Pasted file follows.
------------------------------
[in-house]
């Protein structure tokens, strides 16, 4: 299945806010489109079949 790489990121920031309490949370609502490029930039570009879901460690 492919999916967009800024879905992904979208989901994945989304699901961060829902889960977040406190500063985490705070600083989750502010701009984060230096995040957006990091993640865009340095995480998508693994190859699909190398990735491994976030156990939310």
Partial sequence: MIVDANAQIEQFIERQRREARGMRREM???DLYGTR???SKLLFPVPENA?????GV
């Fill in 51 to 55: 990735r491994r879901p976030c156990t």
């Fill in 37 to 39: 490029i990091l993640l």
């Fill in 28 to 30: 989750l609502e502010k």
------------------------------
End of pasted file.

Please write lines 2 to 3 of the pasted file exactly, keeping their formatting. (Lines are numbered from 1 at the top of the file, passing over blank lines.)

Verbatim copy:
């Protein structure tokens, strides 16, 4: 299945806010489109079949 790489990121920031309490949370609502490029930039570009879901460690 492919999916967009800024879905992904979208989901994945989304699901961060829902889960977040406190500063985490705070600083989750502010701009984060230096995040957006990091993640865009340095995480998508693994190859699909190398990735491994976030156990939310």
Partial sequence: MIVDANAQIEQFIERQRREARGMRREM???DLYGTR???SKLLFPVPENA?????GV